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In the last article, we reviewed OWASP Mobile TOP 10 Methodology for Testing Mobile Apps; that time we could not provide a proper case for demonstrating the need for protecting the source code. Only recently an interesting case appeared and now we are ready to share our experience of the diversion of the status checks of the implementation environment.
While assessing the work of one of the projects, our team immediately realized that the case won’t be easy. The developers approached the issue of information protection in the program in a better way and implemented the runtime status checks. The application was not started under any of the following conditions:
The developers didn’t fool the source code and the code modification check was not built in, which allowed us to analyze the ways in which the checks were performed and carry out the necessary manipulations with them.
According to OWASP Mobile TOP 10, which we use as the basic test methodology at Hacken, the analysis of the source code (Reverse Engineering) — the procedure involves the analysis of binary files to determine the source code, libraries, algorithms, etc. Software such as IDA Pro, Hopper, otool, and other reverse engineering tools can give an idea of the internal operation of the application. This can be used to find the vulnerabilities in the application, extract critical information, such as the backend server, encryption keys, or intellectual property.
To conduct a basic static analysis, we used an interesting tool, such as MobSF, which performed decompilation and a basic static analysis. After a decompilation we were interested in java- and smali-codes of the program. Java-code is needed for analysis and will make changes in the smali-code.
After looking through the list of classes, we found a file that is responsible for checking the phone’s handling (see Picture 1) – rootingcheck / RootBeerNative.java.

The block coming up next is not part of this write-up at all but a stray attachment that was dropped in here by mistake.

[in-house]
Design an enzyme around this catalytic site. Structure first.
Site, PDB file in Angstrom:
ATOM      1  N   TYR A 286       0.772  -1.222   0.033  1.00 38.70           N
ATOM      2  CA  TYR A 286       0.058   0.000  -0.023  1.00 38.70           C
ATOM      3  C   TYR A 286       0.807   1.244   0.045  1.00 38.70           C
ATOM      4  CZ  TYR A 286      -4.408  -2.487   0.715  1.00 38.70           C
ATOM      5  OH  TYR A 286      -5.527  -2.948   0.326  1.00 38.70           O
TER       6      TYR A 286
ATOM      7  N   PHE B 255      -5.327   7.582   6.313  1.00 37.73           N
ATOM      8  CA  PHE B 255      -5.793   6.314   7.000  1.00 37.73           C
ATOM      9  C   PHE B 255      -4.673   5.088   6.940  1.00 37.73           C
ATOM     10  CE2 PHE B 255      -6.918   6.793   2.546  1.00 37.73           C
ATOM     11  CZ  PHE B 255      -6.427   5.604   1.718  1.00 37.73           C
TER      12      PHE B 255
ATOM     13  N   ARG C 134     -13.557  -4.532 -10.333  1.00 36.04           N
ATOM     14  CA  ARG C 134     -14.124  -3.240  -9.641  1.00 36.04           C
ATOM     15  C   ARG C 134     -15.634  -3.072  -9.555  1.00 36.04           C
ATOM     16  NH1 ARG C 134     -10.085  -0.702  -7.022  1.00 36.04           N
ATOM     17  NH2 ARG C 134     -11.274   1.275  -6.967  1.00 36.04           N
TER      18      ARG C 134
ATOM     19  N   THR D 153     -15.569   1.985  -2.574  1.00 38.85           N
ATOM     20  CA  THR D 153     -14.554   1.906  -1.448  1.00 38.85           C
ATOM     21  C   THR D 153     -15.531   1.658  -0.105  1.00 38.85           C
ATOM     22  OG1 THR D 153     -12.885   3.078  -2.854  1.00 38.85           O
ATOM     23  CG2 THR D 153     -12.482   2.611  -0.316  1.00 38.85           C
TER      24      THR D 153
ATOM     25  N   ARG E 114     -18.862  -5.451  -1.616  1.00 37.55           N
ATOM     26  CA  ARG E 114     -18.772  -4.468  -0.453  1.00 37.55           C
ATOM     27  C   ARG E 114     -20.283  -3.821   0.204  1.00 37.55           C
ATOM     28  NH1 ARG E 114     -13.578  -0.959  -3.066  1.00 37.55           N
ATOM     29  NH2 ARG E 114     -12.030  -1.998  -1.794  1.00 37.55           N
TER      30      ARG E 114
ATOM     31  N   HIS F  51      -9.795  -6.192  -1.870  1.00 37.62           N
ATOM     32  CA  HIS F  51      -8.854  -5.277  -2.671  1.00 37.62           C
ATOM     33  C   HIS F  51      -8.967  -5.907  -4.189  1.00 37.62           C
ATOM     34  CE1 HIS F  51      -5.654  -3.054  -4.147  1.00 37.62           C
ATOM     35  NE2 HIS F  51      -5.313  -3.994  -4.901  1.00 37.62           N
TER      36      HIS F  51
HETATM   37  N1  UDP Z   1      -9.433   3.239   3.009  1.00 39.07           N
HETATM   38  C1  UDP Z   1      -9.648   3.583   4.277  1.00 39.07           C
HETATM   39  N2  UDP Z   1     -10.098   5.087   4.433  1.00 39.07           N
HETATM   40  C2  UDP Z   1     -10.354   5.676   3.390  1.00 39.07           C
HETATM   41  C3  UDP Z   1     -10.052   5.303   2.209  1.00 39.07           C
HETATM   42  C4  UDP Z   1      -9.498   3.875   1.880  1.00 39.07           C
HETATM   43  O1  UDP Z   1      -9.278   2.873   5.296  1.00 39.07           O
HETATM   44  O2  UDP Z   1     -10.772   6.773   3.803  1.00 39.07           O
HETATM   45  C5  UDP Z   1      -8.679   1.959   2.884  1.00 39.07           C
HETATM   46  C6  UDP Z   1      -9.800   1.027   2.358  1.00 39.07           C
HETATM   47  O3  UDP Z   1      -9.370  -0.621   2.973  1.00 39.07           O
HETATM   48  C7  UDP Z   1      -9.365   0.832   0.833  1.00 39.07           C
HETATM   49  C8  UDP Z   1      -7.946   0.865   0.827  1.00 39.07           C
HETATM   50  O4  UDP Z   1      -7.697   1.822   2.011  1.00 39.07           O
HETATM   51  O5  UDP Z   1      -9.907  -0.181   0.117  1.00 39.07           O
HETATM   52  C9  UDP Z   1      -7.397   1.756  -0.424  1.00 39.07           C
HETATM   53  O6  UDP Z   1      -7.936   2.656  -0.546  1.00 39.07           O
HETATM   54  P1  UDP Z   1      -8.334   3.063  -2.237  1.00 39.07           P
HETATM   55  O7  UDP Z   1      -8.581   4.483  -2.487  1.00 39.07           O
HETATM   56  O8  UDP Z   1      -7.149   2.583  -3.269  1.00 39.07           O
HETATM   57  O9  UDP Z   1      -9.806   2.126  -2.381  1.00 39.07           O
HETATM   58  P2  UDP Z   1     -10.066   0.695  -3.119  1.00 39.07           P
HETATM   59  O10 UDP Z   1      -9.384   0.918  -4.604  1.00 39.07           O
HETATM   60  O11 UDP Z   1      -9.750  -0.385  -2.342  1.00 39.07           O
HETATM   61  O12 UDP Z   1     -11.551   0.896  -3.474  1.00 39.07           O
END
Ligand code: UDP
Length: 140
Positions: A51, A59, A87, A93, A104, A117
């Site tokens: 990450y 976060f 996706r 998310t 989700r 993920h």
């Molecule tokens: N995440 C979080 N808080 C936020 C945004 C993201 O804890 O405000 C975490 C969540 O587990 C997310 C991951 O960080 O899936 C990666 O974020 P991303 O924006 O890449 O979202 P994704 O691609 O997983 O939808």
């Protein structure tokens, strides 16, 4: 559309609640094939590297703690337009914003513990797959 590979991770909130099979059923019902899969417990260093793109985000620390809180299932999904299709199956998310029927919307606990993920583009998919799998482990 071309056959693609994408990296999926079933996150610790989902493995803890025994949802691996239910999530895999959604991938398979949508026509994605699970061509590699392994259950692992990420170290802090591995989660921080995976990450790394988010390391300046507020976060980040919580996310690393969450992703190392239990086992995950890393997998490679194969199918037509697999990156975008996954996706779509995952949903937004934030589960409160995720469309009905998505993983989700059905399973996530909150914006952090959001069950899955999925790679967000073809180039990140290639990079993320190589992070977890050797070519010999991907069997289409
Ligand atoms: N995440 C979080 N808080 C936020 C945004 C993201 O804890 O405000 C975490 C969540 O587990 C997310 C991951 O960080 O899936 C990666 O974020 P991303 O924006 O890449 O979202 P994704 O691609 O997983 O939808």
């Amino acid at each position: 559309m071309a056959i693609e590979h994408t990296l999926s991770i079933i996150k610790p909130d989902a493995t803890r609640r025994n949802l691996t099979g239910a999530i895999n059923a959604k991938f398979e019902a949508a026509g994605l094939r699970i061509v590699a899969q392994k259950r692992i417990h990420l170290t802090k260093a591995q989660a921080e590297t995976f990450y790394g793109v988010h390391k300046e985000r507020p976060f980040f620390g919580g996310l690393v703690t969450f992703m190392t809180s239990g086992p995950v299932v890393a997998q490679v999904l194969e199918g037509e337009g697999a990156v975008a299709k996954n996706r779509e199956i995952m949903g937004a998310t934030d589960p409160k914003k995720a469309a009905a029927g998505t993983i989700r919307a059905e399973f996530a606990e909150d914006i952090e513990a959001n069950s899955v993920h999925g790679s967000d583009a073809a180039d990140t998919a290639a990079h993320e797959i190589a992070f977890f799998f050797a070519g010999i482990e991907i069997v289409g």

After analyzing the class, it becomes clear that you need to look for calls to the functions checkForRoot () and setLogDebugMessage () (see Picture 2).
Using the grep command, we get the following results, which show us in which files there is a call for CheckForRoot () and setLogDebugMessage () methods.
The checks didn’t stop here. After analyzing the MainActivity.java class, function calls were found, where the lines “su”, “test-keys” and “which” are transmitted with a help of which the check is conducted (see Picture 3).
Again, with the grep command, we look for the root checks in the small files:
In the article, we will show only one of the found modifications of the checks of rootility. After a little manipulation, namely the change of 1 to 0, checks for rootility are removed.
After it, the program can be collected, signed with your own release key and run on your mobile phone. However, there are two ‘BUTs’!
Verification Developer mode is turned off in the same way as checking the rootility — a change in the checks unit to zero.In the MainActivity.java class, we should find the line that is responsible for checking Developer mode (see Figure 6). After that, we look for grep files in which the “development_settings_enabled” line is present and modify the check-change from 1 to 0 (see Pictures 7 and 8).
After all the manipulations, you can run the program in Developer mode.
The next step is to deactivate the USB connection test. This check is in the class MainActivity.java (see Picture 9). Without using grep, we find the line in MainActivity.smali, discover the line that contains the string with the USB test — android.hardware.usb.action.USB_STATE. After that, in the smali-code, modify the line for any other permissions, which returns “false” (see Picture 10).
Now it’s time to generate your own release key and sign the application. This is done as follows:
Basically, all the manipulations are over. Now install the application on the phone using adb install or from the smartphone directory, and you can conduct a dynamic testing on the vulnerability.
After installing the application, start it (see Picture 11 and Picture 12).
In this article, we showed how you can turn off some checks on the state of the runtime on a practical example. Further on, with the help of other tools, we conducted a vulnerability analysis, but this is another story …
A careless attitude to code protection can lead to the implementation of third-party code, after which the program can be published and used as malicious one.
P.S.You can use a more advanced method of analysis — it’s smali debugging.
A bit for reference, I’ve formulated a list of lines that are used to check for rootility:
At Hacken, we decided not to reinvent the wheel and invited the client to obfuscate the source code and use the functions that check the modification of the source code. We take security extremely seriously: contact us and you’ll see!